As the daily death toll rises in the Gaza Strip, the liberal apologists for the crimes of the state of Israel on appear to be thinner ground. The scale of the tragedy of Operation Protective Edge looks set to not only exceed, but dwarf that of the last Israeli massacre of Operation Cast Lead, in which 1,400 Palestinians, including 300 children were killed, and some 5,300 injured – the majority of which were civilians. Those seeking to justify Israeli crimes in these instances usually fall back on the nonetheless benign intentions of the Israeli state, generally found in the expression of abstract principles about democracy. In doing so, they manage to perform impressive feats of intellectual acrobatics to ignore what representatives of the Israeli state actually say about their own intentions and goals.
I’ve already mentioned that IDF commanders have referred to Operation Protective Edge as a standard “shock and awe” tactic designed in part to erode Hamas' support and weaken Palestinian morale, and this is something which was very much at play in Operation Cast Lead, too. In Cast Lead, IDF soldiers were given specific instructions as to how much regard for the right to life of Palestinians the average soldier was to have in conducting warfare in a built-up occupied territory [emphasis added]:
“You don’t see a terrorist there [in the house]? Fire at the window. It was real urban
warfare. This is the difference between urban warfare and a limited confrontation. In
urban warfare, anyone is your enemy. No innocents. It was simply urban warfare in
every way. . . . They kept repeating to us that this is war and in war opening fire is not restricted. . . . our brigade commander at least once . . . went so far as to say this was war and in war as in war, no consideration of civilians was to be taken. You shoot anyone you see.”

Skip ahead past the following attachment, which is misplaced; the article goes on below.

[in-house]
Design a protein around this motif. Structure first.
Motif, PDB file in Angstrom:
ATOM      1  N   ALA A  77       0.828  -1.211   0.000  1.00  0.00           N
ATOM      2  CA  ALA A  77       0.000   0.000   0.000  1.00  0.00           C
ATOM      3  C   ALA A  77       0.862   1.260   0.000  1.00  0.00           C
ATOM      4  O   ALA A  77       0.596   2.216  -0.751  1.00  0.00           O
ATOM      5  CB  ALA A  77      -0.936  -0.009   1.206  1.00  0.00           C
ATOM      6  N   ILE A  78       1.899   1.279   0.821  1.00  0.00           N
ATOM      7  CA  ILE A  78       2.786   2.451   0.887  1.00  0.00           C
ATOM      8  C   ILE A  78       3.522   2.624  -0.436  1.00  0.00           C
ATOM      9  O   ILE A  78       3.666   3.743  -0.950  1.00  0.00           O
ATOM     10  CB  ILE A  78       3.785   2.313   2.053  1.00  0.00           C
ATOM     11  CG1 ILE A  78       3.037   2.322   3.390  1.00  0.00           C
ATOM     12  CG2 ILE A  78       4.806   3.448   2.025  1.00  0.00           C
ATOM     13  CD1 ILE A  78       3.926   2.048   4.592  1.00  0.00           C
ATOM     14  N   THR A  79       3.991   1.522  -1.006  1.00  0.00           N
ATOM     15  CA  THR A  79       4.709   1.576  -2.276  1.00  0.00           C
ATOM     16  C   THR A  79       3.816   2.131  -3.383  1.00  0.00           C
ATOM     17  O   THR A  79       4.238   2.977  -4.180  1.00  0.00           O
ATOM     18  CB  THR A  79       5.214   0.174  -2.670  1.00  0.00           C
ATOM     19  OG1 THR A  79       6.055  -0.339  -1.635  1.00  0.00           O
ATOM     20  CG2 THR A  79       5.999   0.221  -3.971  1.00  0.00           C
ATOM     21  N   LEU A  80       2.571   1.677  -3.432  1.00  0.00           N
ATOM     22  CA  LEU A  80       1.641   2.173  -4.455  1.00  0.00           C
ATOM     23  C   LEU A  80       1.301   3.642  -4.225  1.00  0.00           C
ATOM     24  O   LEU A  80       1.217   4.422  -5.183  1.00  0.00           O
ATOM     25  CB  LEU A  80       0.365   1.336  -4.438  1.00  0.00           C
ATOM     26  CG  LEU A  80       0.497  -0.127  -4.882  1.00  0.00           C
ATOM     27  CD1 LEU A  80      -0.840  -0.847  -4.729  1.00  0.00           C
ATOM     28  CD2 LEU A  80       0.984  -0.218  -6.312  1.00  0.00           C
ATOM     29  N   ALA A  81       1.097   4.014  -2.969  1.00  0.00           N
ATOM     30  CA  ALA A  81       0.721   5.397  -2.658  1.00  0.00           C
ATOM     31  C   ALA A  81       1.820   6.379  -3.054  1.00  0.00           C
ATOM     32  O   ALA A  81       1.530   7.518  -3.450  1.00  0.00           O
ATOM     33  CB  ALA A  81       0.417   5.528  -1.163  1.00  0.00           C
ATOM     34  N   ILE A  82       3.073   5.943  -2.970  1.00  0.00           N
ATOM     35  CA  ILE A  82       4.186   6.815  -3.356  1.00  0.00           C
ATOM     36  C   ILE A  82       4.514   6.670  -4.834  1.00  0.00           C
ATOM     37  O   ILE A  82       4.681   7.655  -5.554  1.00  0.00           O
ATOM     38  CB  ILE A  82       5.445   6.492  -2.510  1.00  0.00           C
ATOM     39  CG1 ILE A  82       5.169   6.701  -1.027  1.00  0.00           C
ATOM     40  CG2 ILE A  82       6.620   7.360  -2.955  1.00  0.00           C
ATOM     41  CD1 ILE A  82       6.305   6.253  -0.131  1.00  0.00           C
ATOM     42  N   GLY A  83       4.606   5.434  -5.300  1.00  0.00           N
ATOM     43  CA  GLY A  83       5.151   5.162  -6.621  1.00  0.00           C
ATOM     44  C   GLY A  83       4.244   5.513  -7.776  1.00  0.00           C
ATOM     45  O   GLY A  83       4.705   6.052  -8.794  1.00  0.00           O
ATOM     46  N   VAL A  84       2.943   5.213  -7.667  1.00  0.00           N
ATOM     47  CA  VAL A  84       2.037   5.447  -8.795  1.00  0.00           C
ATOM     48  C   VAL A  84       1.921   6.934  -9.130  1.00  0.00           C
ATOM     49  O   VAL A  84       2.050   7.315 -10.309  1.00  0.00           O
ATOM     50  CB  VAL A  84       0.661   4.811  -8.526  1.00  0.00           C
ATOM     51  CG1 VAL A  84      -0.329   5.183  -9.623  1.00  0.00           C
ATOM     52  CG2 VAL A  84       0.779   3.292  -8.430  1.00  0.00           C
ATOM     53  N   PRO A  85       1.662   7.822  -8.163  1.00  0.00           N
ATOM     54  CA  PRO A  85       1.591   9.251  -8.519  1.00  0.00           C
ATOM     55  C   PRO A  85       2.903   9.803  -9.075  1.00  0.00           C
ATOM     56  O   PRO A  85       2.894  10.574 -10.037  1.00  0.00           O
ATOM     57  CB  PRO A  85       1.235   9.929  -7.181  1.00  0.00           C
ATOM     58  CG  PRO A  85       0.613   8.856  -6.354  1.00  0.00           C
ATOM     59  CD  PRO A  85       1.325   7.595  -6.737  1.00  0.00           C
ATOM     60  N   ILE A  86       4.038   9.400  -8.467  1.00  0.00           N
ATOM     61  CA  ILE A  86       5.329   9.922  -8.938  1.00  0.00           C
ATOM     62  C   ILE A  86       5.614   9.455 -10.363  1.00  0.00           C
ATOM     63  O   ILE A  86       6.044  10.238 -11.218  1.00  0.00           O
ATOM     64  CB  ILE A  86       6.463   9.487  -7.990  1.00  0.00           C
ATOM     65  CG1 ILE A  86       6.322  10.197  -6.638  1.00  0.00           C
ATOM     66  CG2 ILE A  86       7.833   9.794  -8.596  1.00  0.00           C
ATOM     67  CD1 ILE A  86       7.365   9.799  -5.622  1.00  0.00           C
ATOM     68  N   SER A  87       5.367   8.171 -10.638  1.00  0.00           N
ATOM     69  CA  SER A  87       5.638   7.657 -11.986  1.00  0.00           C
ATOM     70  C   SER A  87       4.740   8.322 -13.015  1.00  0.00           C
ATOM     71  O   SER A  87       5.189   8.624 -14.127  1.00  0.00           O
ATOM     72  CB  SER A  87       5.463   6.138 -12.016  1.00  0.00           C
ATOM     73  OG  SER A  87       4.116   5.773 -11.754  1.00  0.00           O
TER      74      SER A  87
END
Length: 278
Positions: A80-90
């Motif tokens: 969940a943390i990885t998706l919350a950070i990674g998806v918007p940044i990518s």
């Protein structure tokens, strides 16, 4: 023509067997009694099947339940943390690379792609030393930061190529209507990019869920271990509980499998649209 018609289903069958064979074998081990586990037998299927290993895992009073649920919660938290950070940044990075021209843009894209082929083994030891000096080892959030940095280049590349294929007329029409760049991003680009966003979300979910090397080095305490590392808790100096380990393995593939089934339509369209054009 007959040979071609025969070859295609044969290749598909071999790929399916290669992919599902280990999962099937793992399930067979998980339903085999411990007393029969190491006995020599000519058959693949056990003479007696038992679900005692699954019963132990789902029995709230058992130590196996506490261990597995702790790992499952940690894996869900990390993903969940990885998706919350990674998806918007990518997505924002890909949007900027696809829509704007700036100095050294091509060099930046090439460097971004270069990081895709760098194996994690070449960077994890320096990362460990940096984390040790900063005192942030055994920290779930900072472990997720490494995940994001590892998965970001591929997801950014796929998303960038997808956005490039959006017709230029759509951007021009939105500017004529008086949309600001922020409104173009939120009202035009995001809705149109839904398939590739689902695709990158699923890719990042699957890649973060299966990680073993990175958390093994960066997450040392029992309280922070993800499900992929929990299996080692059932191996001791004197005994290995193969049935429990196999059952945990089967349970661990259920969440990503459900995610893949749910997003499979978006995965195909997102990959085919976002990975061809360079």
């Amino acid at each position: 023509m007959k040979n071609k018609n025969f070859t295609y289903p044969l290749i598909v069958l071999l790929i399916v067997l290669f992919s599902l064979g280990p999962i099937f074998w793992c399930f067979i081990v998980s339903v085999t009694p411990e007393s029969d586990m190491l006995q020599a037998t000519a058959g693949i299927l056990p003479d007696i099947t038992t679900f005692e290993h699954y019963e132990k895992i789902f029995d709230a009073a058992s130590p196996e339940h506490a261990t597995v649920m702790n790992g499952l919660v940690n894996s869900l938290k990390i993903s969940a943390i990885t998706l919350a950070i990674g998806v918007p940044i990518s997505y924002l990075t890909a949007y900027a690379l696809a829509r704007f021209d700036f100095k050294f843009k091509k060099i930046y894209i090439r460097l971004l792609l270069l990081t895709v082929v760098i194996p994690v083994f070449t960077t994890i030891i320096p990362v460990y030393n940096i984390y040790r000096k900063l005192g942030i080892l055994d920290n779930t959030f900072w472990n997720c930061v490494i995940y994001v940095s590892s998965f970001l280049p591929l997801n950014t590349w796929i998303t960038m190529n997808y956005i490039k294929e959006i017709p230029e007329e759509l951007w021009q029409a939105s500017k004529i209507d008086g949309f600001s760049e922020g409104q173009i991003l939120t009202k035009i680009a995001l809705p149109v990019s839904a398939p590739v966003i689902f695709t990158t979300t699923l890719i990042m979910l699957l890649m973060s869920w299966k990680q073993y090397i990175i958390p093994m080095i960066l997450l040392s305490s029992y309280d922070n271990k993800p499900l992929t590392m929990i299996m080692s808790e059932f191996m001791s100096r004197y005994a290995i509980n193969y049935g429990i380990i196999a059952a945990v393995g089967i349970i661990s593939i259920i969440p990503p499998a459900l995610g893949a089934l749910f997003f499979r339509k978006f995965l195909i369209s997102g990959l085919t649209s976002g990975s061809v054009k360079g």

That’s testimony from Breaking the Silence – an NGO which describes itself as “an organization of veteran combatants who have served in the Israeli military since the start of the Second Intifada and have taken it upon themselves to expose the Israeli public to the reality of everyday life in the Occupied Territories”. On Operation Protective Edge, the founder of the organisation and former IDF soldier Yehuda Shaul had the following to say:
“One of the biggest lies of this operation and Cast Lead is that we’re doing everything to avoid civilian casualties. When you use artillery in a place like Gaza you can’t say you are taking every precaution. It’s not the case that generals are looking to kill more civilians, far from that. But we are far away from the official line that everything is being done to avoid civilian casualties.”
I’m of the perhaps unfashionable opinion that it doesn’t matter a damn whether the general of an occupying force pours himself a whiskey at the end of an evening, wipes the sweat away from his brow, and wonders if that artillery which hit a UN-run school should have been fired. The point is that there was still an unjustifiable attack on civilians, rather than whether the general was upset at the end of it. What matters is level of predictability and scope, and it takes a great deal of mental acrobatics to see the sheer scale of the atrocities committed in Gaza and to arrive at the conclusion that the Israeli military, in anything besides interviews and PR, concerns itself greatly with the lives of Palestinian civilians. Statements like the ones above merely corroborate what the average cynic would have suspected all along.
Liberal apologetics in the Huffington Post
A rather silly bit of apologia on the Huffington Post has been doing the rounds by a writer called Ali A. Rizvi, which asks that we consider 7 things before we pick a side in the “Middle East Conflict” (I think he means the Israeli assault on Gaza). The writer begins by claiming he’s been “accused” of being pro-Palestinian, though I'm not sure where – presumably some ultra-rightist on Twitter. A quick look through his post history shows him to be a new atheist who has devoted column inches to the supposed “myth” of Islamophobia whilst writing profiles of Ayaan Hirsi-Ali, who has in the past described Islam, a religion of over one billion adherents, as a “destructive, nihilistic cult of death” and who has called for Israeli Prime Minister Benjamin Netanyahu to receive the Nobel Peace Prize for his role in the current assault on Gaza which has killed over 400 children at time of writing. I will leave the reader to decide upon the author’s professed neutrality, based on the intellectual company he keeps. Now, onto the substance, such that it is.
The first point made in the piece is a typical trope pulled out by IDF and Likud apologists, that it is wrong for the weight of international opinion to bear down so heavily on Israel, because there are more people dying in other conflicts. The big question mark placed at the end of this is the supposition of closet anti-semitism on the part of Israel’s critics. The author writes: “If I were Assad or ISIS right now, I'd be thanking God I'm not Jewish.”